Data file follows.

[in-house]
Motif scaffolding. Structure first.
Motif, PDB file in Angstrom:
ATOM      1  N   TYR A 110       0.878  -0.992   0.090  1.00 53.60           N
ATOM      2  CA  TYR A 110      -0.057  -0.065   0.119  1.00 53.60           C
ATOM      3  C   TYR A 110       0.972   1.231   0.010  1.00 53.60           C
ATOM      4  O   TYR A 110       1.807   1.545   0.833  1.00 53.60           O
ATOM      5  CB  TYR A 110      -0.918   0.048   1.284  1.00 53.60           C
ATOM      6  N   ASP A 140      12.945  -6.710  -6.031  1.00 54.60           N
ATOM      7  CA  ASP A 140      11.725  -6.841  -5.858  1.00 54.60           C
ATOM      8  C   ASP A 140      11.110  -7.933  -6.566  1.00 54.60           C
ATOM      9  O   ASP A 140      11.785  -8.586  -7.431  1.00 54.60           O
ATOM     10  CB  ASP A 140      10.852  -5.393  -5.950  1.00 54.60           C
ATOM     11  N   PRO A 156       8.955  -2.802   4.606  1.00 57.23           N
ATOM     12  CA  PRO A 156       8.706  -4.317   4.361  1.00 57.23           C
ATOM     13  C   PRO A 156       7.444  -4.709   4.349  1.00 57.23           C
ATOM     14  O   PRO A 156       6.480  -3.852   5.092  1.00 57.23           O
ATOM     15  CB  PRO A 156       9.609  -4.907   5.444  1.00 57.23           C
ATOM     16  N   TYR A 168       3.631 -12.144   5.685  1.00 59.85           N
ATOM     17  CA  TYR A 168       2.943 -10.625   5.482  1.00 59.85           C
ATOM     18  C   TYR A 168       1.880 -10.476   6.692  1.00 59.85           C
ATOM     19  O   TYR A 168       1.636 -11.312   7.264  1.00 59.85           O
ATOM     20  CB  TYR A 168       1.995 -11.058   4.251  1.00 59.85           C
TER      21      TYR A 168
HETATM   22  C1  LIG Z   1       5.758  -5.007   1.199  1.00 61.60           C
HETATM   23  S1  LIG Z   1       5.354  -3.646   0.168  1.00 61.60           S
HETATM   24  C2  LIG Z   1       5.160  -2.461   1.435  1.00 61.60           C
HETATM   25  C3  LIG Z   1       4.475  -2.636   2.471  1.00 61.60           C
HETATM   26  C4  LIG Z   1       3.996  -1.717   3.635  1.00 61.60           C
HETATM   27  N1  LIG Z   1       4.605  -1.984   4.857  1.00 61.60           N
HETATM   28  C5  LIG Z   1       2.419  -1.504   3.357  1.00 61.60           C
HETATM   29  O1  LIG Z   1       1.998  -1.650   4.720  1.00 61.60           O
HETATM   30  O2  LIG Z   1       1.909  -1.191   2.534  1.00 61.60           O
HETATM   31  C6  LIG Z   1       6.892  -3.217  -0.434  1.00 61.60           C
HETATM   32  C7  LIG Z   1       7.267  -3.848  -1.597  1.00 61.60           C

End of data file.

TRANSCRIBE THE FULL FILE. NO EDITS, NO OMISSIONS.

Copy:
[in-house]
Motif scaffolding. Structure first.
Motif, PDB file in Angstrom:
ATOM      1  N   TYR A 110       0.878  -0.992   0.090  1.00 53.60           N
ATOM      2  CA  TYR A 110      -0.057  -0.065   0.119  1.00 53.60           C
ATOM      3  C   TYR A 110       0.972   1.231   0.010  1.00 53.60           C
ATOM      4  O   TYR A 110       1.807   1.545   0.833  1.00 53.60           O
ATOM      5  CB  TYR A 110      -0.918   0.048   1.284  1.00 53.60           C
ATOM      6  N   ASP A 140      12.945  -6.710  -6.031  1.00 54.60           N
ATOM      7  CA  ASP A 140      11.725  -6.841  -5.858  1.00 54.60           C
ATOM      8  C   ASP A 140      11.110  -7.933  -6.566  1.00 54.60           C
ATOM      9  O   ASP A 140      11.785  -8.586  -7.431  1.00 54.60           O
ATOM     10  CB  ASP A 140      10.852  -5.393  -5.950  1.00 54.60           C
ATOM     11  N   PRO A 156       8.955  -2.802   4.606  1.00 57.23           N
ATOM     12  CA  PRO A 156       8.706  -4.317   4.361  1.00 57.23           C
ATOM     13  C   PRO A 156       7.444  -4.709   4.349  1.00 57.23           C
ATOM     14  O   PRO A 156       6.480  -3.852   5.092  1.00 57.23           O
ATOM     15  CB  PRO A 156       9.609  -4.907   5.444  1.00 57.23           C
ATOM     16  N   TYR A 168       3.631 -12.144   5.685  1.00 59.85           N
ATOM     17  CA  TYR A 168       2.943 -10.625   5.482  1.00 59.85           C
ATOM     18  C   TYR A 168       1.880 -10.476   6.692  1.00 59.85           C
ATOM     19  O   TYR A 168       1.636 -11.312   7.264  1.00 59.85           O
ATOM     20  CB  TYR A 168       1.995 -11.058   4.251  1.00 59.85           C
TER      21      TYR A 168
HETATM   22  C1  LIG Z   1       5.758  -5.007   1.199  1.00 61.60           C
HETATM   23  S1  LIG Z   1       5.354  -3.646   0.168  1.00 61.60           S
HETATM   24  C2  LIG Z   1       5.160  -2.461   1.435  1.00 61.60           C
HETATM   25  C3  LIG Z   1       4.475  -2.636   2.471  1.00 61.60           C
HETATM   26  C4  LIG Z   1       3.996  -1.717   3.635  1.00 61.60           C
HETATM   27  N1  LIG Z   1       4.605  -1.984   4.857  1.00 61.60           N
HETATM   28  C5  LIG Z   1       2.419  -1.504   3.357  1.00 61.60           C
HETATM   29  O1  LIG Z   1       1.998  -1.650   4.720  1.00 61.60           O
HETATM   30  O2  LIG Z   1       1.909  -1.191   2.534  1.00 61.60           O
HETATM   31  C6  LIG Z   1       6.892  -3.217  -0.434  1.00 61.60           C
HETATM   32  C7  LIG Z   1       7.267  -3.848  -1.597  1.00 61.60           C